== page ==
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Sunday, March 3, 2013
Today’s Reading | John 6:16–21
When evening came, his disciples went down to the sea, got into a boat, and started across the sea to Capernaum. It was now dark, and Jesus had not yet come to them. The sea became rough because a strong wind was blowing. When they had rowed about three or four miles, they saw Jesus walking on the sea and coming near the boat, and they were terrified. But he said to them, “It is I; do not be afraid.” Then they wanted to take him into the boat, and immediately the boat reached the land toward which they were going. (NRSV)
We all know what it means when we say something like, “Oh, she can walk on water!” It means the person to whom we are referring can do anything—or thinks she or he can do anything. Sometimes when we use the phrase, there’s a tone betraying a little jealousy or derision or sarcasm. People who seem to be able to do anything tend to make us uncomfortable and wary. We distance ourselves from them in our own ways.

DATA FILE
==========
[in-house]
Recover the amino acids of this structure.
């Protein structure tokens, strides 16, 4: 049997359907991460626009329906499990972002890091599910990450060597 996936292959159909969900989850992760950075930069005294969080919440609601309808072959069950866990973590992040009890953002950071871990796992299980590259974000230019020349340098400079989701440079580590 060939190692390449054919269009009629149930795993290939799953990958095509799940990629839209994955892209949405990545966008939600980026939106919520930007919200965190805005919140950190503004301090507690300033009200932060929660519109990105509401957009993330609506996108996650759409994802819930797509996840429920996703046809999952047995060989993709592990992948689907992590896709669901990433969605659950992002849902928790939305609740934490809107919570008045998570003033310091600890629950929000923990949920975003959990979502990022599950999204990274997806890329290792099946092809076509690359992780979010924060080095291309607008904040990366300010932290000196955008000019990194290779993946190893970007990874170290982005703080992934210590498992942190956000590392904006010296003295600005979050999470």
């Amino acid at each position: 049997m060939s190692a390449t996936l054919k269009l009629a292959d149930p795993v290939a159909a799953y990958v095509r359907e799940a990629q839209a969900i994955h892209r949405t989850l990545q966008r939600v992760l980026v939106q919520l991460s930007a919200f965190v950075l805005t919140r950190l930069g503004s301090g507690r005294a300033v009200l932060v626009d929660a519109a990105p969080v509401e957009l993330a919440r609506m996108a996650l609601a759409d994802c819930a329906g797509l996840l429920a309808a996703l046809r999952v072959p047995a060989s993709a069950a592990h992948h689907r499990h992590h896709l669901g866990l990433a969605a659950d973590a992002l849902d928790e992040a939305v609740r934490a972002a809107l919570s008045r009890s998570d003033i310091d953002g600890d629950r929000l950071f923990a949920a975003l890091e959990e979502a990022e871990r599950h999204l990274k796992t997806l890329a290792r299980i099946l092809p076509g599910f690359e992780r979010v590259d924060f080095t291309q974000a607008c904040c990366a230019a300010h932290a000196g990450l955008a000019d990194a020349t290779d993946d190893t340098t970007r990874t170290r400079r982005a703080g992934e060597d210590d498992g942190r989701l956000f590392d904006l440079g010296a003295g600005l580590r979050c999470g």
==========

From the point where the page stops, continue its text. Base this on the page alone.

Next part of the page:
The disciples have rowed out about three or four miles in the dark. The seas become rough. The wind kicks it up another notch. And then they see Jesus walking toward them on the water. They are terrified. I assume they are terrified in the storm, but perhaps they are also terrified at the sight of Jesus walking on the water. Maybe they are even terrified for Jesus—for his safety. “They saw him walking on the sea and coming near the boat, and they were terrified.” He assures them and says, “It is I, do not be afraid.” Following that statement, there is a detail I’ve never noticed before. “Then they wanted to take him into the boat.”
So maybe the questions for us are: Do we want to take Jesus into the boat with us? On both smooth seas and rough? Are we ever “terrified” for Jesus’ safety? Do we find ways to have compassion or care for that person who appears to be so confident and able to do everything?
Dear Jesus, make me want to take you into the boat with me. Don’t allow me to keep you at a distance. And remind me that even the most confident of people have deep need—for human kindness and for you. Amen.
Written by Judith L. Watt, Associate Pastor for Pastoral Care
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